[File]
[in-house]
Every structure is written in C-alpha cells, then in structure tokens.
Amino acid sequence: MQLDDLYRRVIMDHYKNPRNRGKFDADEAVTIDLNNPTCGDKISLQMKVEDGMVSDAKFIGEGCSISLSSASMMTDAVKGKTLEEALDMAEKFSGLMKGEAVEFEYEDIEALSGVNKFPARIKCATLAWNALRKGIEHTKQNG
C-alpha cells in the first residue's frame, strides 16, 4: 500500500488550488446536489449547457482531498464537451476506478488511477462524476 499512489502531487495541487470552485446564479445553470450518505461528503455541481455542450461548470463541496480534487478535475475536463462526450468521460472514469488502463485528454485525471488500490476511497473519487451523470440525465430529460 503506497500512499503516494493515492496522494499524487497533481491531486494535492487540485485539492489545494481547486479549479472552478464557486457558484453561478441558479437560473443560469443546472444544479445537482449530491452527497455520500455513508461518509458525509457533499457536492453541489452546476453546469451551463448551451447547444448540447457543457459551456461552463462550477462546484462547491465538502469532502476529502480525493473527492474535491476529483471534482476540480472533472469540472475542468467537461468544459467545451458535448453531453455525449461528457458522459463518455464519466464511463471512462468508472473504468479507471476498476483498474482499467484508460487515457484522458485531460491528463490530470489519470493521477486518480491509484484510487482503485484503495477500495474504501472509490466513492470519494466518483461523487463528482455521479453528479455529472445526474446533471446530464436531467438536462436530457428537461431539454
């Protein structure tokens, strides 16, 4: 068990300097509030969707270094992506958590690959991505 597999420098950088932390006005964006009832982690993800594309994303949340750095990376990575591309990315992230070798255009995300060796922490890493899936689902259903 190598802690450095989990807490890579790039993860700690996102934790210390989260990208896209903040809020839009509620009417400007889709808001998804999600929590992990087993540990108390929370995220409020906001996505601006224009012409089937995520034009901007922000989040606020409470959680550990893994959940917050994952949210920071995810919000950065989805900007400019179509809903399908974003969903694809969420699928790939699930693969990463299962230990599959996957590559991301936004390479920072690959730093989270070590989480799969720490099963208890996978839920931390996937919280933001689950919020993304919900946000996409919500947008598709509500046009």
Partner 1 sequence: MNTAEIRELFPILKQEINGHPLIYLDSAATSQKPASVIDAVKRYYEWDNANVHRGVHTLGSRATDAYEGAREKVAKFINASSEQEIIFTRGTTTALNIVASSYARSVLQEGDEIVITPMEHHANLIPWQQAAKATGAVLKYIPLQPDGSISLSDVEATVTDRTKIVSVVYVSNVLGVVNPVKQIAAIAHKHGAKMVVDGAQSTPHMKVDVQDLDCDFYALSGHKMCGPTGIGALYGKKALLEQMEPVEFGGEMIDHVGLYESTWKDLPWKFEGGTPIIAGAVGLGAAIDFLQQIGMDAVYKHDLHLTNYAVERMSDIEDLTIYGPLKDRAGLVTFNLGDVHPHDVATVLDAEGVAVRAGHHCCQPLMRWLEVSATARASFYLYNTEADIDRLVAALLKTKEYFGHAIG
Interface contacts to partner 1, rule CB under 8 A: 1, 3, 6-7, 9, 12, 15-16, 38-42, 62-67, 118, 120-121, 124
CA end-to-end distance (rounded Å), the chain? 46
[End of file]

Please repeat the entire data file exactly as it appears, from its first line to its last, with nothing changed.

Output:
[in-house]
Every structure is written in C-alpha cells, then in structure tokens.
Amino acid sequence: MQLDDLYRRVIMDHYKNPRNRGKFDADEAVTIDLNNPTCGDKISLQMKVEDGMVSDAKFIGEGCSISLSSASMMTDAVKGKTLEEALDMAEKFSGLMKGEAVEFEYEDIEALSGVNKFPARIKCATLAWNALRKGIEHTKQNG
C-alpha cells in the first residue's frame, strides 16, 4: 500500500488550488446536489449547457482531498464537451476506478488511477462524476 499512489502531487495541487470552485446564479445553470450518505461528503455541481455542450461548470463541496480534487478535475475536463462526450468521460472514469488502463485528454485525471488500490476511497473519487451523470440525465430529460 503506497500512499503516494493515492496522494499524487497533481491531486494535492487540485485539492489545494481547486479549479472552478464557486457558484453561478441558479437560473443560469443546472444544479445537482449530491452527497455520500455513508461518509458525509457533499457536492453541489452546476453546469451551463448551451447547444448540447457543457459551456461552463462550477462546484462547491465538502469532502476529502480525493473527492474535491476529483471534482476540480472533472469540472475542468467537461468544459467545451458535448453531453455525449461528457458522459463518455464519466464511463471512462468508472473504468479507471476498476483498474482499467484508460487515457484522458485531460491528463490530470489519470493521477486518480491509484484510487482503485484503495477500495474504501472509490466513492470519494466518483461523487463528482455521479453528479455529472445526474446533471446530464436531467438536462436530457428537461431539454
């Protein structure tokens, strides 16, 4: 068990300097509030969707270094992506958590690959991505 597999420098950088932390006005964006009832982690993800594309994303949340750095990376990575591309990315992230070798255009995300060796922490890493899936689902259903 190598802690450095989990807490890579790039993860700690996102934790210390989260990208896209903040809020839009509620009417400007889709808001998804999600929590992990087993540990108390929370995220409020906001996505601006224009012409089937995520034009901007922000989040606020409470959680550990893994959940917050994952949210920071995810919000950065989805900007400019179509809903399908974003969903694809969420699928790939699930693969990463299962230990599959996957590559991301936004390479920072690959730093989270070590989480799969720490099963208890996978839920931390996937919280933001689950919020993304919900946000996409919500947008598709509500046009």
Partner 1 sequence: MNTAEIRELFPILKQEINGHPLIYLDSAATSQKPASVIDAVKRYYEWDNANVHRGVHTLGSRATDAYEGAREKVAKFINASSEQEIIFTRGTTTALNIVASSYARSVLQEGDEIVITPMEHHANLIPWQQAAKATGAVLKYIPLQPDGSISLSDVEATVTDRTKIVSVVYVSNVLGVVNPVKQIAAIAHKHGAKMVVDGAQSTPHMKVDVQDLDCDFYALSGHKMCGPTGIGALYGKKALLEQMEPVEFGGEMIDHVGLYESTWKDLPWKFEGGTPIIAGAVGLGAAIDFLQQIGMDAVYKHDLHLTNYAVERMSDIEDLTIYGPLKDRAGLVTFNLGDVHPHDVATVLDAEGVAVRAGHHCCQPLMRWLEVSATARASFYLYNTEADIDRLVAALLKTKEYFGHAIG
Interface contacts to partner 1, rule CB under 8 A: 1, 3, 6-7, 9, 12, 15-16, 38-42, 62-67, 118, 120-121, 124
CA end-to-end distance (rounded Å), the chain? 46